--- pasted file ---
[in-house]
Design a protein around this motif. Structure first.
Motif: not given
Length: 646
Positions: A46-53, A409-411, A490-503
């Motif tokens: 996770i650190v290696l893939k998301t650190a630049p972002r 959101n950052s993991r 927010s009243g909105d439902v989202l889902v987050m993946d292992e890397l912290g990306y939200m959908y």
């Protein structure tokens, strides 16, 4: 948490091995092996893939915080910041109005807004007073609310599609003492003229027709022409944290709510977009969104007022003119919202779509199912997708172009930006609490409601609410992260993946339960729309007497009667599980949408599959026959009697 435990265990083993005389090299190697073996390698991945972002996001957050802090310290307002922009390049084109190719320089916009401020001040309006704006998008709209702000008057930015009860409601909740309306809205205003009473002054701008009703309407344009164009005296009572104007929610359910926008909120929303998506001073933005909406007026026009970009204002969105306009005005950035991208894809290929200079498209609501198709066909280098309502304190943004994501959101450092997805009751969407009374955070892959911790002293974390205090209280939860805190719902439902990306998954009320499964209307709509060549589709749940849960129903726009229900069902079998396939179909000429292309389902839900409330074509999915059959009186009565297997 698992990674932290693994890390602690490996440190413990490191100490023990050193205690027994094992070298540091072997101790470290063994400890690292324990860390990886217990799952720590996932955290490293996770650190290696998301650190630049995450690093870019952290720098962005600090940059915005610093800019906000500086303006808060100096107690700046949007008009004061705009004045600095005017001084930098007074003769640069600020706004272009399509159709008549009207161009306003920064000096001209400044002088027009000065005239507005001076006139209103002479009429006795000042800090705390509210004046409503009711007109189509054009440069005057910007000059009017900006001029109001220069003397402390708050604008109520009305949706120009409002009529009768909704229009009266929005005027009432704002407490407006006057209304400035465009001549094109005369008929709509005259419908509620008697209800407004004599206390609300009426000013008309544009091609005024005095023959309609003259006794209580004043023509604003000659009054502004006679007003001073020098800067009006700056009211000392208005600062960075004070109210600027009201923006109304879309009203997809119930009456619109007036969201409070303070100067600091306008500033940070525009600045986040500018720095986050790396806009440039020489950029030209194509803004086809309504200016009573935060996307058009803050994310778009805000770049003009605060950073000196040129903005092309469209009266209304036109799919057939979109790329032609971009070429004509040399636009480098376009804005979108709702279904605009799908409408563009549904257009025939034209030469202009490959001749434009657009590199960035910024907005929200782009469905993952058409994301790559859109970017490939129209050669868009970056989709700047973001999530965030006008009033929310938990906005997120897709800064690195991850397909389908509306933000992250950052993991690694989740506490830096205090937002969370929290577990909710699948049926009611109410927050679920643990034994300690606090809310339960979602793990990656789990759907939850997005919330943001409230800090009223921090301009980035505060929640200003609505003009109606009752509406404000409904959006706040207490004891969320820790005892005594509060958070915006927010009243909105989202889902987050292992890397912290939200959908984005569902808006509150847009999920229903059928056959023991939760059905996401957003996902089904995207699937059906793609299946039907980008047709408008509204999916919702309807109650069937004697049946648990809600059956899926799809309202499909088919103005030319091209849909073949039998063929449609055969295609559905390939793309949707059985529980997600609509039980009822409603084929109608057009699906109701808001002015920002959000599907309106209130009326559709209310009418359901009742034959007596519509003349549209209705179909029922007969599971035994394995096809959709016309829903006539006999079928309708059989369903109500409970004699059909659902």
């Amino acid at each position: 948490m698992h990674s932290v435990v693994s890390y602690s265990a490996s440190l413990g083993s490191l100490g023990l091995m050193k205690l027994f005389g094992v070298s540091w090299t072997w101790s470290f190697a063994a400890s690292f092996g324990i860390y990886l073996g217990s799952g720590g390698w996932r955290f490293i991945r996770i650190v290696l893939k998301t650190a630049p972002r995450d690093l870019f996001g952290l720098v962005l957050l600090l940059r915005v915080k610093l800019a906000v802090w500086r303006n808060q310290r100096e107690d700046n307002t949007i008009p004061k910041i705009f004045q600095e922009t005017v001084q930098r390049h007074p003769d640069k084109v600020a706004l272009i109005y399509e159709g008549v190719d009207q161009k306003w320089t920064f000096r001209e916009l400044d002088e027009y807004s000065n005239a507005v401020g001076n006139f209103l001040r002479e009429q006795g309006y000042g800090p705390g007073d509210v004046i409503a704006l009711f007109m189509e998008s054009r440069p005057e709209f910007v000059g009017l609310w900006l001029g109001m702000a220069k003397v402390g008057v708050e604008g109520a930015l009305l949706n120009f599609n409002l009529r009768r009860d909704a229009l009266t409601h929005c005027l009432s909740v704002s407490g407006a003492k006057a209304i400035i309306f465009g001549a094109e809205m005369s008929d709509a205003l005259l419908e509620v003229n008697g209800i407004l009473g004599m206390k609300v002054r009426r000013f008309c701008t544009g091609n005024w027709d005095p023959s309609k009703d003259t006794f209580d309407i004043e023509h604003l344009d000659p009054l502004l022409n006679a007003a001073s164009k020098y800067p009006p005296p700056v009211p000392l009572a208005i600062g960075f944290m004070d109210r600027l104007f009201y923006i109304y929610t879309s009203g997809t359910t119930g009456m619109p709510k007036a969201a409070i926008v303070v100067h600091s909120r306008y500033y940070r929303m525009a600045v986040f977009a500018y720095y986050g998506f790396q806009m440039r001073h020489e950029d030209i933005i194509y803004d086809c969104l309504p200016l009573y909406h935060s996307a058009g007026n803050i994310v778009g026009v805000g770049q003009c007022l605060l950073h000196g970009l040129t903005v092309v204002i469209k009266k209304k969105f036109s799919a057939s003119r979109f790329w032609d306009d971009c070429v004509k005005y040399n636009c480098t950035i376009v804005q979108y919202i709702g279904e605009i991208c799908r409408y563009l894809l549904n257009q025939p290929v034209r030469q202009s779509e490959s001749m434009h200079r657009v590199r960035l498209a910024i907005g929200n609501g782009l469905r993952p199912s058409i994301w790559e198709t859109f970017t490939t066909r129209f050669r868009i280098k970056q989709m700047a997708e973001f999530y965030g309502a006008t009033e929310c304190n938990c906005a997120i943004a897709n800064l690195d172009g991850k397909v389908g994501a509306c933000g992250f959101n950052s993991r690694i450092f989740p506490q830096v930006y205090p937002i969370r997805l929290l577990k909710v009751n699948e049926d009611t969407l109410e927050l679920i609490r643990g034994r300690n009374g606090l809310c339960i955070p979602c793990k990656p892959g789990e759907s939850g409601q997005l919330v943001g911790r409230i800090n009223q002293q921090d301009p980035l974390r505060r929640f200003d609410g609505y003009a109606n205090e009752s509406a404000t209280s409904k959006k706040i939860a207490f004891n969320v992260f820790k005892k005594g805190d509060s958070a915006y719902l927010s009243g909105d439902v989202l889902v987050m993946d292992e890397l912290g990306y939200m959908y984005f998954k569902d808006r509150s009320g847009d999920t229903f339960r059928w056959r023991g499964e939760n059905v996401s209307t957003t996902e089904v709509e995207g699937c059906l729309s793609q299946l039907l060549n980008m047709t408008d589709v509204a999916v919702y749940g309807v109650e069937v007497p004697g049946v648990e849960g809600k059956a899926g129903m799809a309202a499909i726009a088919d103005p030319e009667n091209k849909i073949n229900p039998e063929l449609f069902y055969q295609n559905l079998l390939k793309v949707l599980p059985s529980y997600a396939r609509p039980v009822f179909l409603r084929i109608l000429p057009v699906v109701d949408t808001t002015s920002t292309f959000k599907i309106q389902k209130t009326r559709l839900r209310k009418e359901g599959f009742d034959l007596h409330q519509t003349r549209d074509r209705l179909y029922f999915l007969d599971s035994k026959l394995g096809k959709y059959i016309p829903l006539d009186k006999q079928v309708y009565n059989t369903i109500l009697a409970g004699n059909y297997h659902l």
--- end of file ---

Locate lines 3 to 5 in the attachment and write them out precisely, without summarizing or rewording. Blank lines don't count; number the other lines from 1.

Motif: not given
Length: 646
Positions: A46-53, A409-411, A490-503